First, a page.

Getting around at airports can get really complicated for blind and unaccompanied travelers: today, Carnegie Mellon University engineers have partnered with Pittsburgh International Airport to develop a system that helps blind people move from one location to another.
A “smart” trolley equipped with a video camera and sensors is able to perceive the surrounding environment, people and objects that could represent possible obstacles. Calculate the best walking routes and evaluate possible collisions by reporting them to the user and to those who come into contact with him.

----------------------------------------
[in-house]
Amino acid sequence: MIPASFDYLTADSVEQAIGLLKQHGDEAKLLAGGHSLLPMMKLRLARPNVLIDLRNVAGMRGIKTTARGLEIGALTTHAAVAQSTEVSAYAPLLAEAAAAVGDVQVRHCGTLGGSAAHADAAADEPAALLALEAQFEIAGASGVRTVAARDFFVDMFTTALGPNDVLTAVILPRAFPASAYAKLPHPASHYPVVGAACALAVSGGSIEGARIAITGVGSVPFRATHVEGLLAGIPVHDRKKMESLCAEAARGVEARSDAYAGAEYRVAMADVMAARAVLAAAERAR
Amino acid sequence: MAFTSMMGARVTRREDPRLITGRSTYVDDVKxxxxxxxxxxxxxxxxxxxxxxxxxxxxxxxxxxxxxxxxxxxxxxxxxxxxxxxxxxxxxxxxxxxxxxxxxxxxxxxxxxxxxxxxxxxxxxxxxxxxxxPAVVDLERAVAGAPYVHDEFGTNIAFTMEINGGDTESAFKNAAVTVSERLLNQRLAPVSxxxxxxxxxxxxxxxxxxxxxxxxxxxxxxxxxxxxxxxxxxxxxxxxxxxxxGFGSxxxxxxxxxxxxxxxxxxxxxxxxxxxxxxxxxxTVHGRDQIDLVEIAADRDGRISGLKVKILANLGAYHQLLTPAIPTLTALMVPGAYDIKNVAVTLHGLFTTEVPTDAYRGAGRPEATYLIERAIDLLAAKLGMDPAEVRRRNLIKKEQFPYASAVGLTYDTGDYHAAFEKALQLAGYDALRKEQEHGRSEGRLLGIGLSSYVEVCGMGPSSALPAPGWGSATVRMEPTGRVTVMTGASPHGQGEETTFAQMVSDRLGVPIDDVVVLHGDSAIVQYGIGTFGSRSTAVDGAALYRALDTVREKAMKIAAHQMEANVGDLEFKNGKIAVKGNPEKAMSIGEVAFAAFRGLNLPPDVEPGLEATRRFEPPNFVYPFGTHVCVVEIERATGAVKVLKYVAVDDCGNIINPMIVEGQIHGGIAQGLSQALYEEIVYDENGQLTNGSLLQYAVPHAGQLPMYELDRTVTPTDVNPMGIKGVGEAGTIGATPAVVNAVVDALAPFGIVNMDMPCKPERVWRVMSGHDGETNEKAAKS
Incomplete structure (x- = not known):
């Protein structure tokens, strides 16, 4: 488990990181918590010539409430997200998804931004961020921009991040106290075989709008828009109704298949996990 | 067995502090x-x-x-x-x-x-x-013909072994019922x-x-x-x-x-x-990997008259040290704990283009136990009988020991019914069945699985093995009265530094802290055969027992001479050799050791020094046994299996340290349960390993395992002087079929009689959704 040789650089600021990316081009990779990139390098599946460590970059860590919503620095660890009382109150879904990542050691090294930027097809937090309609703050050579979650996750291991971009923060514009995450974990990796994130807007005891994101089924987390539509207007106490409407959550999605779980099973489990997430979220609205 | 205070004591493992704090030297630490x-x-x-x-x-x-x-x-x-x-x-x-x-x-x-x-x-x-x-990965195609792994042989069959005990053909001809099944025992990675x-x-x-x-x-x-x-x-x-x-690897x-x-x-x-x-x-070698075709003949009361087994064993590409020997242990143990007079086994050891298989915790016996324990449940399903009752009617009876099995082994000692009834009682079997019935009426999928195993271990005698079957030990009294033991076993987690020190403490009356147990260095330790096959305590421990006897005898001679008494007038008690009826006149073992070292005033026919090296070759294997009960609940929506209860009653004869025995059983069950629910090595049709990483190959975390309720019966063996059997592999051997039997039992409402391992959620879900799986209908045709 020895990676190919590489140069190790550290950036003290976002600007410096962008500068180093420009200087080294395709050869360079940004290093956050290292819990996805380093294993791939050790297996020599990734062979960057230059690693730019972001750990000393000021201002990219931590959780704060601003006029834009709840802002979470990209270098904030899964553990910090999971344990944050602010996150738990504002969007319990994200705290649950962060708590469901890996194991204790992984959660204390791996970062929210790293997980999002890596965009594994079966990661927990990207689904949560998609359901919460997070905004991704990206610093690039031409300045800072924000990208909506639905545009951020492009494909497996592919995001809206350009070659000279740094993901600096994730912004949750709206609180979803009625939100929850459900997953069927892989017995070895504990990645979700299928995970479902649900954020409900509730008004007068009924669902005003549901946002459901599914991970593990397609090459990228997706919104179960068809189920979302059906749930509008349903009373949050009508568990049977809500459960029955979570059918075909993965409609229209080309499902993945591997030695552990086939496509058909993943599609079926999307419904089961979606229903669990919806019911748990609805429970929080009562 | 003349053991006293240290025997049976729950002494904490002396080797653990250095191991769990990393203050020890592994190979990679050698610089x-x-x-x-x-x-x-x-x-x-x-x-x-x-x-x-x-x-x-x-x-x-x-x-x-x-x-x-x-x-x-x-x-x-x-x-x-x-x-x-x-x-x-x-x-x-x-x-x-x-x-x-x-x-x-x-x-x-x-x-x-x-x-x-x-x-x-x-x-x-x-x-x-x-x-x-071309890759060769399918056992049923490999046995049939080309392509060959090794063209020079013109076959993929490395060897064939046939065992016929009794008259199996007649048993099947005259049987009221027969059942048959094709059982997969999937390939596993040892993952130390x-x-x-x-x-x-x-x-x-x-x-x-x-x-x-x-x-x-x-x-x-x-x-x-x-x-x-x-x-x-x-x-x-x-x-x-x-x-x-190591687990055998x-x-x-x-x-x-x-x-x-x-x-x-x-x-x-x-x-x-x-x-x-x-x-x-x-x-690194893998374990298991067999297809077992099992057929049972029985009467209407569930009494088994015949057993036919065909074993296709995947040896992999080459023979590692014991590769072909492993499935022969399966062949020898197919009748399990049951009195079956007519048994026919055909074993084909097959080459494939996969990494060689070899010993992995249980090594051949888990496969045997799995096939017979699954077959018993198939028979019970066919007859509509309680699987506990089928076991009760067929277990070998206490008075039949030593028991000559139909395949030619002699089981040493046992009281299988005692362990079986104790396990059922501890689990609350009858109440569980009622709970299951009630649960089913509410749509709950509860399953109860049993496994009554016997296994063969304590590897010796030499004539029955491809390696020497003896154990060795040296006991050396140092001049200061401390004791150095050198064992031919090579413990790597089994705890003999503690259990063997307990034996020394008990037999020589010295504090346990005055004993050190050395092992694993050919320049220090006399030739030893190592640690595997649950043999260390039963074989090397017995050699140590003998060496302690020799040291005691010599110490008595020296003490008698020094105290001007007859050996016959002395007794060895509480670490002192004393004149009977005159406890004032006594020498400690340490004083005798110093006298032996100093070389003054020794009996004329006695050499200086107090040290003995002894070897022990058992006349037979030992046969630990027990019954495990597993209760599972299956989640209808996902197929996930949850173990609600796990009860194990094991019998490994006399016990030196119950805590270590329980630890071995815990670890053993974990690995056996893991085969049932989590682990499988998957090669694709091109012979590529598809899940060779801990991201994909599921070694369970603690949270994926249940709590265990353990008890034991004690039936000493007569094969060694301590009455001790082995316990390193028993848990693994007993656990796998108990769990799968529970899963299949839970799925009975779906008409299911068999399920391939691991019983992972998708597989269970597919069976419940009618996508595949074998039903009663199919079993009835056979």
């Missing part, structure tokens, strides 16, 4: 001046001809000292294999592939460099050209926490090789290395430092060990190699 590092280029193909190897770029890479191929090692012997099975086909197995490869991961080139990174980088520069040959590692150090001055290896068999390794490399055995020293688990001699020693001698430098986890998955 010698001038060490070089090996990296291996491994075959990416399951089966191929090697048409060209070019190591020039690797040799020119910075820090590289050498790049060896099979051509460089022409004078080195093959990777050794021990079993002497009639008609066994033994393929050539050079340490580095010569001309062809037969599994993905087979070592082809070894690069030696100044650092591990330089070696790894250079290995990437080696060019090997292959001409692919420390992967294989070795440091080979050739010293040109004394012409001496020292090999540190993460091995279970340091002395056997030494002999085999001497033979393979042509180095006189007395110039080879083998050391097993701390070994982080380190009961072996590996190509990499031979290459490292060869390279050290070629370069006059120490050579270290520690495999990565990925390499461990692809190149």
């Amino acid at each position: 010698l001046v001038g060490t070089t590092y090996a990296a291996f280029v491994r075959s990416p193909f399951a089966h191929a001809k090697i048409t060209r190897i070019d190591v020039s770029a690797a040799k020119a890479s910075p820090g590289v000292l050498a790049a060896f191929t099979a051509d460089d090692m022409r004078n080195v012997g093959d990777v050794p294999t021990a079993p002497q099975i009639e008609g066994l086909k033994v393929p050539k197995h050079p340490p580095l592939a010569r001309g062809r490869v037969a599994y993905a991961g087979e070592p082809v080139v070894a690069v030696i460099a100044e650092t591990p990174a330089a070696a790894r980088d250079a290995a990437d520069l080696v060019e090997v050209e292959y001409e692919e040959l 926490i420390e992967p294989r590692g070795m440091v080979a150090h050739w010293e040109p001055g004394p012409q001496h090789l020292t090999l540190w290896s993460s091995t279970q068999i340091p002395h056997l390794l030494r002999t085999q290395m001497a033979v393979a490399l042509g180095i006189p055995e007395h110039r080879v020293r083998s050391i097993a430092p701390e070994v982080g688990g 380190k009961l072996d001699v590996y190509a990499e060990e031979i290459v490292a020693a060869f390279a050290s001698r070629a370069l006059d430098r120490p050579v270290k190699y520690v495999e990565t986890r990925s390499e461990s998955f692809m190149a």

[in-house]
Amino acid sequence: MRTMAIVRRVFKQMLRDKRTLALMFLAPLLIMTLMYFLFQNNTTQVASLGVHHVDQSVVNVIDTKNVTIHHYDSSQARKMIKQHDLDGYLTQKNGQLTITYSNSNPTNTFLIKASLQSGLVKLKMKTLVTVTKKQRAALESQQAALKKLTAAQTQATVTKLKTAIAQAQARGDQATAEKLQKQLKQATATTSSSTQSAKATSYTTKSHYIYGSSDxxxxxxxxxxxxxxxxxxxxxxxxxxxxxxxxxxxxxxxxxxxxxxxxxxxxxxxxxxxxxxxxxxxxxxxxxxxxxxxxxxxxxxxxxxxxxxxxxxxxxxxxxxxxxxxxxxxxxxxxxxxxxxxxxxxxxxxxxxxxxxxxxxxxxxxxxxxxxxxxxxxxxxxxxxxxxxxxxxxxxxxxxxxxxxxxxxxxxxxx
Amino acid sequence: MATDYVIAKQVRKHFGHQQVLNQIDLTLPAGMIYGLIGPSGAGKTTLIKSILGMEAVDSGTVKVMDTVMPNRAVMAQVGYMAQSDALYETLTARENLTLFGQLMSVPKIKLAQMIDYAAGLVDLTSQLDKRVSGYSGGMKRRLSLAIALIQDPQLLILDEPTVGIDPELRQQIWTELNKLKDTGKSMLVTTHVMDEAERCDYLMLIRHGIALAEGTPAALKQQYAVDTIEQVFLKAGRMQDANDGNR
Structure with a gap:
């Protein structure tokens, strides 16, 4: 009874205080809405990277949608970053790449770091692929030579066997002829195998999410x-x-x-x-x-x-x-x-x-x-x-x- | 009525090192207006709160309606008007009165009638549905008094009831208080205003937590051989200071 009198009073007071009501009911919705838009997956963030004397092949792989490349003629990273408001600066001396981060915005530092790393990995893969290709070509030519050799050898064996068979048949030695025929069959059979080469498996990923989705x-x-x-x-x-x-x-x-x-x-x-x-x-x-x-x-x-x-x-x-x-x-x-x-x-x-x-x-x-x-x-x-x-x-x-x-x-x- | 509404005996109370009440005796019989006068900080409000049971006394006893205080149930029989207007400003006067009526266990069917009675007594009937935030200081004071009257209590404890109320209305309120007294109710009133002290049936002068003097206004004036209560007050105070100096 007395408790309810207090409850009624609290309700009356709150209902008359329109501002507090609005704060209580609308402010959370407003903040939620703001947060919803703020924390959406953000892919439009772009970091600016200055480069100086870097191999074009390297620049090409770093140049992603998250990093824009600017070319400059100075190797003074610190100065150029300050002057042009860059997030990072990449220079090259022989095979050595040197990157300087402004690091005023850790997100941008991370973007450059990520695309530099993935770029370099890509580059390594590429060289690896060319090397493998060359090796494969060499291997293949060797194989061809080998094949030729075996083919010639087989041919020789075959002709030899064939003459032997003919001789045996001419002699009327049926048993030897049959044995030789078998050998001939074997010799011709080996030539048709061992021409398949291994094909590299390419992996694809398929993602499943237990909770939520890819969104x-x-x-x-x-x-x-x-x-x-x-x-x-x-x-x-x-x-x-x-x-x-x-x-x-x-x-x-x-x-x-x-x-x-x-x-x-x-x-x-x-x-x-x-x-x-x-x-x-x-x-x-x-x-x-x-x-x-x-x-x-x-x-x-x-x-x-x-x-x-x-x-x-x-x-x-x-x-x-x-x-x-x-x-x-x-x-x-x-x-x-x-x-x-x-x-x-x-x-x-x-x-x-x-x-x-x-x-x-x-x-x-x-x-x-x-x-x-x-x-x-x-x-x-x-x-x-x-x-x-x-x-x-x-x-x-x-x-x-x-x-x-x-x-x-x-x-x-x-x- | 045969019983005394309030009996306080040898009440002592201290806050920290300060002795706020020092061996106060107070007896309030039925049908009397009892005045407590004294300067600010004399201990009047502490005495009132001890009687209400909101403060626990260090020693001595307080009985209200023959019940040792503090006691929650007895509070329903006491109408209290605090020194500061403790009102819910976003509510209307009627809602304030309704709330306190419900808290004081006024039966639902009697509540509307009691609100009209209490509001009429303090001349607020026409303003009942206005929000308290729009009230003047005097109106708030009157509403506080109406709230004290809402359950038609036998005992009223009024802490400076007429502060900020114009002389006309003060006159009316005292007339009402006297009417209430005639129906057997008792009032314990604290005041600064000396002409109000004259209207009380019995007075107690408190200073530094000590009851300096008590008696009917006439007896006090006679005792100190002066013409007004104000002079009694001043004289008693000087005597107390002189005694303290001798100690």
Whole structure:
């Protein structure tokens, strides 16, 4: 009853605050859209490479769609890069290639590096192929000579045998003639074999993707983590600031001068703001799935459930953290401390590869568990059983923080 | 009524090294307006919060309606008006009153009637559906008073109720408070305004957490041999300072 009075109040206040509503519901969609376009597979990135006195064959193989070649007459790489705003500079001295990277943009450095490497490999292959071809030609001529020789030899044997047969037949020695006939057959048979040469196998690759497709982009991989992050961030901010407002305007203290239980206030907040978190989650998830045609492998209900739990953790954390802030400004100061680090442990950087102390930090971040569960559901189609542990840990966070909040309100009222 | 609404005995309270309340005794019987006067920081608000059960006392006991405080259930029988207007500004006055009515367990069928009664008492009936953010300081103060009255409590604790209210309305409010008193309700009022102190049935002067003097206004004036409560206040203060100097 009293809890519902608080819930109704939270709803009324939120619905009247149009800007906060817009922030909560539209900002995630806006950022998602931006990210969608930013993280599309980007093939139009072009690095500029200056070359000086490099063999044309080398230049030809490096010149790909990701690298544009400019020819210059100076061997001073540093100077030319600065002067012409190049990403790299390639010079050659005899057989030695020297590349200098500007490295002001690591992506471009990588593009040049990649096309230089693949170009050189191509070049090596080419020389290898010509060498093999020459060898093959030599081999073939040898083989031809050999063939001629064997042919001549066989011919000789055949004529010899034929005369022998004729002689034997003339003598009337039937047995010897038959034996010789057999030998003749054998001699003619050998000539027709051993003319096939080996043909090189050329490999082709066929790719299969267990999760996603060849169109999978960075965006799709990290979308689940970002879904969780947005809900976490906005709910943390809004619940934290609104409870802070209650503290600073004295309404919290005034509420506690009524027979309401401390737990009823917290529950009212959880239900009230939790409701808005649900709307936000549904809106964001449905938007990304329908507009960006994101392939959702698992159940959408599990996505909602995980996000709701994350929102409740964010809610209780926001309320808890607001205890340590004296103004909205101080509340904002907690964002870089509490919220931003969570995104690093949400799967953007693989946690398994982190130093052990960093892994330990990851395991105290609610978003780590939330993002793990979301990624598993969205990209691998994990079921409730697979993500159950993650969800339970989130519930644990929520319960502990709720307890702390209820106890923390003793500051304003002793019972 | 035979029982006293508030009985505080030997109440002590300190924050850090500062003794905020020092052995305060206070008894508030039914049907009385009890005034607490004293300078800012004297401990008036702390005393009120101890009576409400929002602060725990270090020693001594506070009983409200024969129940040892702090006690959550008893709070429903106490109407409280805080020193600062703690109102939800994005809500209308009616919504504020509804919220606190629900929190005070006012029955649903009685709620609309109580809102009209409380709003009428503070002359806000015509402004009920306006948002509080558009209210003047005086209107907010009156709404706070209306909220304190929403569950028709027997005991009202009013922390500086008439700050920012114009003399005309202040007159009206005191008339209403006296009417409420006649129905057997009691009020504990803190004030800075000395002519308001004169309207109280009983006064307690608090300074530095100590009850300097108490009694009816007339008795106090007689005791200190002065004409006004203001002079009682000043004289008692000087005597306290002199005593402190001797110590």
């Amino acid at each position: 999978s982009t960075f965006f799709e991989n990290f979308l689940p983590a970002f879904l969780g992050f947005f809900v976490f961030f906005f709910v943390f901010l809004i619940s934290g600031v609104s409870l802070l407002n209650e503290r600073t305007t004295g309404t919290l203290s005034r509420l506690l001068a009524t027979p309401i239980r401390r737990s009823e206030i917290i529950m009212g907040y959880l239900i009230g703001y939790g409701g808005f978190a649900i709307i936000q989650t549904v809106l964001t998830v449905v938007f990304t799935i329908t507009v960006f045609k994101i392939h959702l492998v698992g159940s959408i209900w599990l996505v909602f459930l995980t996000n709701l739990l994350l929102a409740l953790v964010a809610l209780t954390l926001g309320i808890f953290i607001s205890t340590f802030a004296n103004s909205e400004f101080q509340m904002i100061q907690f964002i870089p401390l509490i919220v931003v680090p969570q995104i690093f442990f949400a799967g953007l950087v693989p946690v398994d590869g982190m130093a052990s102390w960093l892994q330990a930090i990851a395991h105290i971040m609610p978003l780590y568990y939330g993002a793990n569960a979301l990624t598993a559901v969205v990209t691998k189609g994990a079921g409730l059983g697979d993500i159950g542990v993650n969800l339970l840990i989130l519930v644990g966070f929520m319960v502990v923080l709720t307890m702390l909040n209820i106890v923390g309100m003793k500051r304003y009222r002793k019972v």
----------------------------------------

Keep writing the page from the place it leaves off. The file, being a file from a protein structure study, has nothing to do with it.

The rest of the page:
"Once upon a time people paid more attention and caution if they crossed paths with a blind person," says Chieko Asakawa, (the name in Italian sounds like a mocking twist of fate) Professor at Carnegie Mellon and blind since the age of 14, who took part in the project.
"Today the conditions have changed, the attention rate has dropped significantly and people distracted by smartphones or other visual stimuli can easily bump into us."
The trolley-guide is combined with a special app to find waiting rooms, restaurants and other points of the airport: once the destination has been chosen, the trusty suitcase will take care of accompanying the user in safety.